5. In the fifth way, Dominic would stand and hold his hands in front of his chest, palms outward, fingers together and upward as he prayed or read quietly. Other times, he would bring his hands together before his brow, hunching a little. On occasion, he would also fix his hands above his shoulders near his ears, as if to better listen to a certain sound.
6 In the sixth way, he would often throw his arms out to either side in a position that reflected the crucified Christ. Oftentimes, he made these gestures in public without a care of his appearance, sometimes crying loudly during Mass, but almost always using this form prior to a miracle he would perform — including the famous resurrections and rescuing of pilgrims from drowning.
7. One of the more distinctive ways of his prayer, the seventh, was his way of making a sort of arrow from his body, stretching himself skyward to heaven. He would do this while teaching or even reprimanding the brothers of the Order, but never for long. He instructed them with the words of the psalmist: “O come, bless the Lord, / all you servants of the Lord. … / Lift up your hands toward the sanctuary, / and bless the Lord” (134:1-2).
8. Dominic’s eighth way was also a bit distinctive. He could be observed, after a meal or the prayers of a liturgical hour, going away to a desk with a selected reading. There, he would read and converse with himself, asking theological questions and even conceive arguments on matters of life and the Faith. He would move from this to a silence of meditation, and further to a silence of contemplation. There were moments when the saint would hide his face in his scapular, weeping or giggling. In all cases, Dominic would complete his study by a gentle bow and kiss the text of whatever he was reading. His instructions to his followers were the same: study in prayer.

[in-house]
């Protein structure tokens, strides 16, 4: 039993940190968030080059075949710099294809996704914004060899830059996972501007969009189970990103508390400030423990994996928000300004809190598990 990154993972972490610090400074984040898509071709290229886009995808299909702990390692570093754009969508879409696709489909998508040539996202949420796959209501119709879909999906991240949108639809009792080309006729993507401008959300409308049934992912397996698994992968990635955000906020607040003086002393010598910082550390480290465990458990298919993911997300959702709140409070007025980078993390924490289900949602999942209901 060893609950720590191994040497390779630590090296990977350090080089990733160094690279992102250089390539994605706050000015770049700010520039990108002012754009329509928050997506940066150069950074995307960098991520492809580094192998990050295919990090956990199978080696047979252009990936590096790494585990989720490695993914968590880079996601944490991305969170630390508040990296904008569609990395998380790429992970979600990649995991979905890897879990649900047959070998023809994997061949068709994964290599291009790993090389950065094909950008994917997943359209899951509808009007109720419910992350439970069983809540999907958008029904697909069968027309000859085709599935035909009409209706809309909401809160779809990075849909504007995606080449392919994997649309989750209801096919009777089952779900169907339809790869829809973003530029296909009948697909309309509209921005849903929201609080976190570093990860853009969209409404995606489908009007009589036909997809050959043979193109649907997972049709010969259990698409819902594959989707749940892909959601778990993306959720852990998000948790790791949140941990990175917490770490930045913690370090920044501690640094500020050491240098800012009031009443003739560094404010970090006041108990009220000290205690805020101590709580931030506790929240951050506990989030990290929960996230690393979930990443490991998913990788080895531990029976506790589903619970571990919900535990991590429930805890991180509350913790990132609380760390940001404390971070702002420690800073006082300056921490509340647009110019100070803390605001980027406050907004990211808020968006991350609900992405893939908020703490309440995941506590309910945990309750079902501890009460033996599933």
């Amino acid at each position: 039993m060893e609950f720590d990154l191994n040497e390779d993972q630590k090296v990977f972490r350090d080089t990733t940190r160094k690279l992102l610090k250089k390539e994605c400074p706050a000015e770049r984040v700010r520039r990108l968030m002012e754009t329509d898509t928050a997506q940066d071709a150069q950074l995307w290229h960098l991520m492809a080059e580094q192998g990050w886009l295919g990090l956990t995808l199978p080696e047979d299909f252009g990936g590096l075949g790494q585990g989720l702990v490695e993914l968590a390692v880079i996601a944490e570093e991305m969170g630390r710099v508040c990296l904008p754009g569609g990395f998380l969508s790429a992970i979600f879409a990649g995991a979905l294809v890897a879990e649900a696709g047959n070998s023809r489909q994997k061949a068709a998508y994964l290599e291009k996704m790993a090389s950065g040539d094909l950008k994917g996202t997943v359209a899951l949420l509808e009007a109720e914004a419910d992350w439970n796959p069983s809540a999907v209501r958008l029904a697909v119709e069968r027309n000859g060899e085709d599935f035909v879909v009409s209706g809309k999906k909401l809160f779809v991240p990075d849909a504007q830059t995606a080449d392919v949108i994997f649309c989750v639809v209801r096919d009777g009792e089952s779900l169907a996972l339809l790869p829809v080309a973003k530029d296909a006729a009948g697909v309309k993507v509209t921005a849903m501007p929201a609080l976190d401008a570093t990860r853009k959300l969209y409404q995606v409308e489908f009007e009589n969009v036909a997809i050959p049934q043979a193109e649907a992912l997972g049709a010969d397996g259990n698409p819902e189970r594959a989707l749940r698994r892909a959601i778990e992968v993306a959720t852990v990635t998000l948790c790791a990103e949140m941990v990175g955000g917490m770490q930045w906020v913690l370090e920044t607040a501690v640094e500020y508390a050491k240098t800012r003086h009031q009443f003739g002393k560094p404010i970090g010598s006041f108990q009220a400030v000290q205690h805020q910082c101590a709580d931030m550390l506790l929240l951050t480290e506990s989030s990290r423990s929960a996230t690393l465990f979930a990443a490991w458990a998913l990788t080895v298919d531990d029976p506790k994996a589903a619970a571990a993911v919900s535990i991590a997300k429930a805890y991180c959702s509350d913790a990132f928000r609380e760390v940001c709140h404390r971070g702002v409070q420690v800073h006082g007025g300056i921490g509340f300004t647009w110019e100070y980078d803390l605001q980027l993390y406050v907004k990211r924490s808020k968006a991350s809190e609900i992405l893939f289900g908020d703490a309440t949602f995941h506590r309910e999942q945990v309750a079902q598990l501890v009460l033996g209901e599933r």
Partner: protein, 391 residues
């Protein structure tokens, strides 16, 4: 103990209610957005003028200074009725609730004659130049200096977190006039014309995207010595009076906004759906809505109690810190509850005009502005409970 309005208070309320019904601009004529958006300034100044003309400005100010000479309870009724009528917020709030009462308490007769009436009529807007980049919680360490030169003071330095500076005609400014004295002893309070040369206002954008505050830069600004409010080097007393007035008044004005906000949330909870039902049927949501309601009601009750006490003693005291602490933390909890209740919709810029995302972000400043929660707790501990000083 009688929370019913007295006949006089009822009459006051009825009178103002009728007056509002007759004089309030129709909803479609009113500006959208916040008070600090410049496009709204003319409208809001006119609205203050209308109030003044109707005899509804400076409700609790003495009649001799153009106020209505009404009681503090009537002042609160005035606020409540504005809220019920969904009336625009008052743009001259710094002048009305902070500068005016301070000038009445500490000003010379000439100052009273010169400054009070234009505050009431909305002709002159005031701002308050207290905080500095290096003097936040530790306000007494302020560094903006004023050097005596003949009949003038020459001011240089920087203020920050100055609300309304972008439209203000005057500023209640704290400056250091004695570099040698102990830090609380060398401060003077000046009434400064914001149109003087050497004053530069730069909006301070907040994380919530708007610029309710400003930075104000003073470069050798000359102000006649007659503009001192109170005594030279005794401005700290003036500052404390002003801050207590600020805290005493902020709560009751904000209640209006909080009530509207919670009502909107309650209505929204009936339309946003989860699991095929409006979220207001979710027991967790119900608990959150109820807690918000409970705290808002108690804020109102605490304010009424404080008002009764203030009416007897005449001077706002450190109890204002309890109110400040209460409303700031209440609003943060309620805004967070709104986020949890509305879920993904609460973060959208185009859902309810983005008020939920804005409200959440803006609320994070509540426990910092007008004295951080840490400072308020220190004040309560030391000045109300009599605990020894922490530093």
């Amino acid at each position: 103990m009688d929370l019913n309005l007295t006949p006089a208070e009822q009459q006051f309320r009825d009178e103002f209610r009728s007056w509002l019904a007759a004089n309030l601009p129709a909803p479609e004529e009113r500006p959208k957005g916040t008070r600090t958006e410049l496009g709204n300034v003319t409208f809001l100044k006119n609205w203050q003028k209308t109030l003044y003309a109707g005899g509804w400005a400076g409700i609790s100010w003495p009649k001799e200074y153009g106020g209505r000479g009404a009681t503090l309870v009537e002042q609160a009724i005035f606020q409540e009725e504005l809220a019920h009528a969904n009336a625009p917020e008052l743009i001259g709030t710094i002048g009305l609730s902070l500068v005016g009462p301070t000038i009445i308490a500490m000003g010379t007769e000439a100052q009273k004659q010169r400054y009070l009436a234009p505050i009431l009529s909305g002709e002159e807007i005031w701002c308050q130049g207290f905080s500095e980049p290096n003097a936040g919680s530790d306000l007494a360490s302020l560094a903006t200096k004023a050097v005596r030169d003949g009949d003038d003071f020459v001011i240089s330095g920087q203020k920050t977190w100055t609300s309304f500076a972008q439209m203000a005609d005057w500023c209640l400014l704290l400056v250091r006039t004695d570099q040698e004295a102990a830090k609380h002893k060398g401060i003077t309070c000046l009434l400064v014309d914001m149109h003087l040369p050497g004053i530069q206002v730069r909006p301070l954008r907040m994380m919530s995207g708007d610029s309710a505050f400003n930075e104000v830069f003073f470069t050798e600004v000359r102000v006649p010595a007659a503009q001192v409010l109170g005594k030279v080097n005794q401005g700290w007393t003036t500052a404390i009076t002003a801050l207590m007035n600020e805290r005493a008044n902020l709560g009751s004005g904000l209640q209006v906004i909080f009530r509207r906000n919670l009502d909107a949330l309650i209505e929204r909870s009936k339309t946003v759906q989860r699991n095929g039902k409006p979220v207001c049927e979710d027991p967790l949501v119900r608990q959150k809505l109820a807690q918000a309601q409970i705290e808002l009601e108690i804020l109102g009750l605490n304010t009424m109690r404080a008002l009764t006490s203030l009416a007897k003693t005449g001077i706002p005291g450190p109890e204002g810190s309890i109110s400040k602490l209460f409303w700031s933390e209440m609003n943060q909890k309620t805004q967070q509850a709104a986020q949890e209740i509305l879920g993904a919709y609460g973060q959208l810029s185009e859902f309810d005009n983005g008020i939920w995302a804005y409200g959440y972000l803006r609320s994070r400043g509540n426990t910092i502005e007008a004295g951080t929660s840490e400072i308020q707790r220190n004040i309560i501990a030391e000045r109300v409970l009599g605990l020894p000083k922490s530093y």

9. The final way of his nine had to do with his near constant adventures. He travelled on foot between Spain, France and Rome on several occasions, stopping in locations such as Citeau, Venice and Bologna to recruit and train new chapters. Traversing perhaps 12 miles by foot each day for many of the years of his life, he would have to improvise in the absence of a church. So then, he would wander off from his companions, either ahead or behind, to converse with God, always rejoining the group with a fire enkindled inside him.
Applying his lessons today
These are the ways of prayer of St. Dominic, and after reading more than 10 separate accounts of his life, these seem to both agree with what I’ve read and create more questions. Of all the things that I’ve found to be drastically different about his life and the world he lived in, it has been his form of prayer.
It’s clear that Dominic was a highly habitual man in prayer, but it’s clear he intentionally incorporated his body into that prayer as well. Imagining him mortifying his flesh, or causing some distraction during Mass with his gestures can be an honest moment to wonder if I have the courage to join with my body in prayer as he did.
Contemplating his total devotion to God in a meeting between his body and conscience has furthered my wonder as whether or not we are challenged to truly release ourselves in prayer in modern times. I feel as if our modern milieu might be so wrapped in the image we have of good prayer — stable, articulate, with good posture — that we aren’t willing to express ourselves in such ways. His form of prayer seems almost unacceptable in our times, though I’m not sure it should be.
Shaun McAfee writes from Italy.